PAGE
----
We can afford a Government Shutdown, but not to provide Healthcare?

The first government shutdown in almost two centuries plastered every news channel, newspaper header, and Facebook status alike . Among my peers, our first instinct was to panic and questions spurred vigorously: “Will I still get food stamps? Does that mean school is canceled tomorrow? Do I still have to pay my student loans?” Almost without hesitation, there was an invisible levee pouring us into the whirlwind of social media and outwardly voiced their opinions with little to no research on the topic. On the other hand lied myself outstretched and researching what exactly a thing like this means. Theoretically, the government is designed to control, protect, and standardize the rights and laws for all of its citizens. So what the hell did they mean they’re shutdown? Did I not vote for Barack Obama’s second term exactly a month and three days after turning eighteen? Were we abandoning ObamaCare? Did everyone just say, “We quit.”?

In my research, I found that the government shut down twice between November 1995 and January 1996 because of a similar dispute between then-President Bill Clinton of the Democratic Party and his Republican House and Speaker of the House, Gingrich. Now almost two decades later, we have a split decision that boils down to whether or not we should approve a government funded healthcare plan. Obamacarefacts.com lists a number of facts regarding the plan, and after weighing the pros and cons of the program I would personally support it. However, in the 2012 reelection of President Barack Obama we saw the appointment of two battling parties that would be forced to coexist and agree on the means for which us as citizens would live for the next four years- to this day, I preside on neither body. Now, less than a year after news headers across the nation plastered Obama’s face in every medium and while the newspaper articles still lie in my nightstand, we are witnessing a shutdown.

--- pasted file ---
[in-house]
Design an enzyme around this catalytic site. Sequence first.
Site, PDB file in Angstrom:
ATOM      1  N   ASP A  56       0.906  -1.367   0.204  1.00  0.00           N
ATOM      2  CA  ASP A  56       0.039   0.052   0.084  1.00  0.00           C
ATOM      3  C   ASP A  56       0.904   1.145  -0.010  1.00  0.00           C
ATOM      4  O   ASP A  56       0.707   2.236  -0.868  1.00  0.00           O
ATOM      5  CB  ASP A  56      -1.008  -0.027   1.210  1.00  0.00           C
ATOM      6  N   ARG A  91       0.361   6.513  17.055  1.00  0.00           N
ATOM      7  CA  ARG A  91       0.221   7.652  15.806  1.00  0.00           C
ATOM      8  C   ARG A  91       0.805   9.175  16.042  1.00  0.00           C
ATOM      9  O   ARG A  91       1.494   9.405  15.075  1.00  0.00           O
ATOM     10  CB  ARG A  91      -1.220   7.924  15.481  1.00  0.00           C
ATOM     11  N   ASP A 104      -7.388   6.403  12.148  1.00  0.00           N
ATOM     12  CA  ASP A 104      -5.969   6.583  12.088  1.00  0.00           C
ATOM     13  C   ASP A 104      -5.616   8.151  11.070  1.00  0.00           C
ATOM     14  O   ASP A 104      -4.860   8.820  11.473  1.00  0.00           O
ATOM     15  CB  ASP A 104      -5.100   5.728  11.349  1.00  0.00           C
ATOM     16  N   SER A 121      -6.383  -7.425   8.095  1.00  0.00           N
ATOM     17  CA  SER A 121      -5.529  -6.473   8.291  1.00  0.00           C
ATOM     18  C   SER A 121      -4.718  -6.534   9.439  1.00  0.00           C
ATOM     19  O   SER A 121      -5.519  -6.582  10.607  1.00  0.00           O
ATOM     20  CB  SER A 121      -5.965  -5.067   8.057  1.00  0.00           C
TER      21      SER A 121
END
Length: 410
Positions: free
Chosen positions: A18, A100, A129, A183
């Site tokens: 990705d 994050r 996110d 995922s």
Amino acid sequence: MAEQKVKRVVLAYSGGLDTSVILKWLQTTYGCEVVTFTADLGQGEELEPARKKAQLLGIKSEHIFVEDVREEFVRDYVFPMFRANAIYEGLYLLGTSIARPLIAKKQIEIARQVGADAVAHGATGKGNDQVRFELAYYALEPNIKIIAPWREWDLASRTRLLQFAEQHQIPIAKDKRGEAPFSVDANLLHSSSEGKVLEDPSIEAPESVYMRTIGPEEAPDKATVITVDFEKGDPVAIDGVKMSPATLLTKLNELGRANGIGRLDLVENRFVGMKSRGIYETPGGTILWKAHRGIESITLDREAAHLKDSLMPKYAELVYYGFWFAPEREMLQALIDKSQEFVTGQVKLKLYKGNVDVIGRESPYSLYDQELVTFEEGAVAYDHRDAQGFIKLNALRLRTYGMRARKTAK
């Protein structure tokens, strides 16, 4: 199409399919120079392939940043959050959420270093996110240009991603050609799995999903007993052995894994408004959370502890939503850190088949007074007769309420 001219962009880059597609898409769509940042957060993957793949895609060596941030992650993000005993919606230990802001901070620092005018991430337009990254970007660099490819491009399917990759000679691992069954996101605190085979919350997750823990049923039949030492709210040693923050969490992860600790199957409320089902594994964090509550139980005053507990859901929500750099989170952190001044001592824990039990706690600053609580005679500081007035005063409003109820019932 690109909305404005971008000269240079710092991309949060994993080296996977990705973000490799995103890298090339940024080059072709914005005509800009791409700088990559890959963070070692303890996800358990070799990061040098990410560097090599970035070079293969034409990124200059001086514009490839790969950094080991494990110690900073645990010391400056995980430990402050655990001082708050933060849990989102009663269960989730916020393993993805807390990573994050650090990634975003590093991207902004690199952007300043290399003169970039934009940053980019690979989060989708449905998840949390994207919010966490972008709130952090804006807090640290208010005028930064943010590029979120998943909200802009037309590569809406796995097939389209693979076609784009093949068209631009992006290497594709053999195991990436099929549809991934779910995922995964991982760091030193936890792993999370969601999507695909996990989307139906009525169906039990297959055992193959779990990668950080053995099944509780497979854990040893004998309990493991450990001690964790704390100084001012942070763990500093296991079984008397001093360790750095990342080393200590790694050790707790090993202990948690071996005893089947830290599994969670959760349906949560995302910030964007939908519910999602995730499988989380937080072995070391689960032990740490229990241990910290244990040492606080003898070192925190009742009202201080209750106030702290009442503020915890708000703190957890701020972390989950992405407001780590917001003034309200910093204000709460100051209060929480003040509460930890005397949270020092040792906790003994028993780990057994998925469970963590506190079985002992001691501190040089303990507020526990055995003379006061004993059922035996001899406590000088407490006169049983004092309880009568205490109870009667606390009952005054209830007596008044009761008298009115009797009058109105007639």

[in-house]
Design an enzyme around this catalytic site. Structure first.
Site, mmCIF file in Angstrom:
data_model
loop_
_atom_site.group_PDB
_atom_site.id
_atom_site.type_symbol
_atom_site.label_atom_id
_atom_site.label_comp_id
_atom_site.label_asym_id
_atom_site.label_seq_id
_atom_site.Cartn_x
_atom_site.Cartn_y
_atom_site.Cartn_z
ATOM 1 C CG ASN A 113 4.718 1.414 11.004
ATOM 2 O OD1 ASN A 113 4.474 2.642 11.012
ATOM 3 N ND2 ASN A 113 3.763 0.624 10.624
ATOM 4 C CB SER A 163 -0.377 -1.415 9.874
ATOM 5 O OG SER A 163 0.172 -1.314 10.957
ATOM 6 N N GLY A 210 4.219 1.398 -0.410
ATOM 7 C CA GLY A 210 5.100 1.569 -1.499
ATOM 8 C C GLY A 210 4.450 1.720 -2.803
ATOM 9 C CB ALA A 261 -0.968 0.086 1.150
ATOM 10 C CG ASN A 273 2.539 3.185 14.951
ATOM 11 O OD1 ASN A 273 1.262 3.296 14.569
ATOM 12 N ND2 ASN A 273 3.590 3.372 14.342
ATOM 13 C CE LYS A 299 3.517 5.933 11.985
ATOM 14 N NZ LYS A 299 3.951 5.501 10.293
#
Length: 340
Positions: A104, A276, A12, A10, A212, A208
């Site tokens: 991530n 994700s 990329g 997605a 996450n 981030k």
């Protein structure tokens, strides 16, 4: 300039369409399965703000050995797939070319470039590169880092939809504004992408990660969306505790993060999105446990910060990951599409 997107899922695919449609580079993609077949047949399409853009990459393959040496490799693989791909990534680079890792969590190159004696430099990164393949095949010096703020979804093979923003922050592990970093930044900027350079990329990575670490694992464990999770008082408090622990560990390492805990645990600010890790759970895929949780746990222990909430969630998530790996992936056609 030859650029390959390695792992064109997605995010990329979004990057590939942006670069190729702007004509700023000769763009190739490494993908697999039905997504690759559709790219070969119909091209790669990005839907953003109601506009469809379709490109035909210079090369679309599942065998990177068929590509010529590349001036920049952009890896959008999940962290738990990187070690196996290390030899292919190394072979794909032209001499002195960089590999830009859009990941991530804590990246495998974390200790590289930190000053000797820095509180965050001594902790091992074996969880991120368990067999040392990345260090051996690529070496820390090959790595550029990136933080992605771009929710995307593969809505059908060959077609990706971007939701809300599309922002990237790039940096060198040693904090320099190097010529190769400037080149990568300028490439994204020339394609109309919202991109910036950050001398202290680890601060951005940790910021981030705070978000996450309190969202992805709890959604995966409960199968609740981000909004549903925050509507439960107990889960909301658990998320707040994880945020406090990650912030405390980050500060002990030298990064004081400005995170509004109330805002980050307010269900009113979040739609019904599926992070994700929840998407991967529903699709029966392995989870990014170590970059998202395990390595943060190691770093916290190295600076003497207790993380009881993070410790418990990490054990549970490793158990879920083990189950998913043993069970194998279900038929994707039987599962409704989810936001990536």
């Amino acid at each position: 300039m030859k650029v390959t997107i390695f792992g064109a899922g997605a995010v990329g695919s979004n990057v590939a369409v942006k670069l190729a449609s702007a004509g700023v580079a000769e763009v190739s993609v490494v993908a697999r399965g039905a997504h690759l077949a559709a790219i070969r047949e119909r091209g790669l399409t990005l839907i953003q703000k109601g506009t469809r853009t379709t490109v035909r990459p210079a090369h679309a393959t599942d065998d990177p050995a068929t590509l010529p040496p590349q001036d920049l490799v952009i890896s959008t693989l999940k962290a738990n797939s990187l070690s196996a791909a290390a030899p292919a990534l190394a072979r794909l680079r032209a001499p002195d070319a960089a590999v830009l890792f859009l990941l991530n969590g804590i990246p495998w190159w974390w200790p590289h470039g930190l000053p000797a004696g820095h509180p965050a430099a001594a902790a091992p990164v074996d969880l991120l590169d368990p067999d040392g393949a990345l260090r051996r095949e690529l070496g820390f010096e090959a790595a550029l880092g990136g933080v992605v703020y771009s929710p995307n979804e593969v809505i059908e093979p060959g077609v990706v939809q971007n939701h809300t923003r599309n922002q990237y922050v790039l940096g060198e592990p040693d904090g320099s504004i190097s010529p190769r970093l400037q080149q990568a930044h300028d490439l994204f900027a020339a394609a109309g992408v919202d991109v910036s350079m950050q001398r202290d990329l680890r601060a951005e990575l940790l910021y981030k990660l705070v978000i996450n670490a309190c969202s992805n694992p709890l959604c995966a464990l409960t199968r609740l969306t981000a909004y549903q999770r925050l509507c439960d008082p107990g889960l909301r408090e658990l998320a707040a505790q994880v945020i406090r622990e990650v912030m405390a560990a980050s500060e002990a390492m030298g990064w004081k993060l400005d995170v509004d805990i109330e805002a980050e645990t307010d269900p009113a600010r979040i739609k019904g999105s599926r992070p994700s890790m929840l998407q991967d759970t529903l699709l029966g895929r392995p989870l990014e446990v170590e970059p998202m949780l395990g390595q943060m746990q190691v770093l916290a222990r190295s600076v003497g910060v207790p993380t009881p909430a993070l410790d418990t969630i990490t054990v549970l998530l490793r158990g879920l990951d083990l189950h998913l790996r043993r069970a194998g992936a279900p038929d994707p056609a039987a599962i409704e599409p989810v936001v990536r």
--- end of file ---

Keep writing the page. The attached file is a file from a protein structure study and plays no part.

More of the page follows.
When a government shuts down, we are talking about the fate of many people’s jobs, homes, and daily living expenses being cut. While essential employees of the government are still paid, those who are not have been furloughed, or temporarily laid off. For students like my sister who are working interim- or internship- positions for the government, today was her first day off of work in almost three months. If the shutdown continues, an economist reported to CNN that it could “cost the economy about $55 billion”. (CNN.com) My proposed question for the Republican-lead House would be how much they’re considering the citizens versus themselves. As a governing body for billions of people, what are they saying to everyone if you don’t want the government to provide 15% of those people without healthcare with a means to live.  For the South, we cannot afford to continue support the Republican Party any longer as they have made it clear that our impoverished neighborhoods and poor economy are less important than their status compared to Senate. We must consider one things: for everything we cannot afford, someone in the House can.

 

http://bancroft.berkeley.edu/ROHO/projects/debt/governmentshutdown.html

http://www.cnn.com/2013/10/01/politics/government-shutdown/

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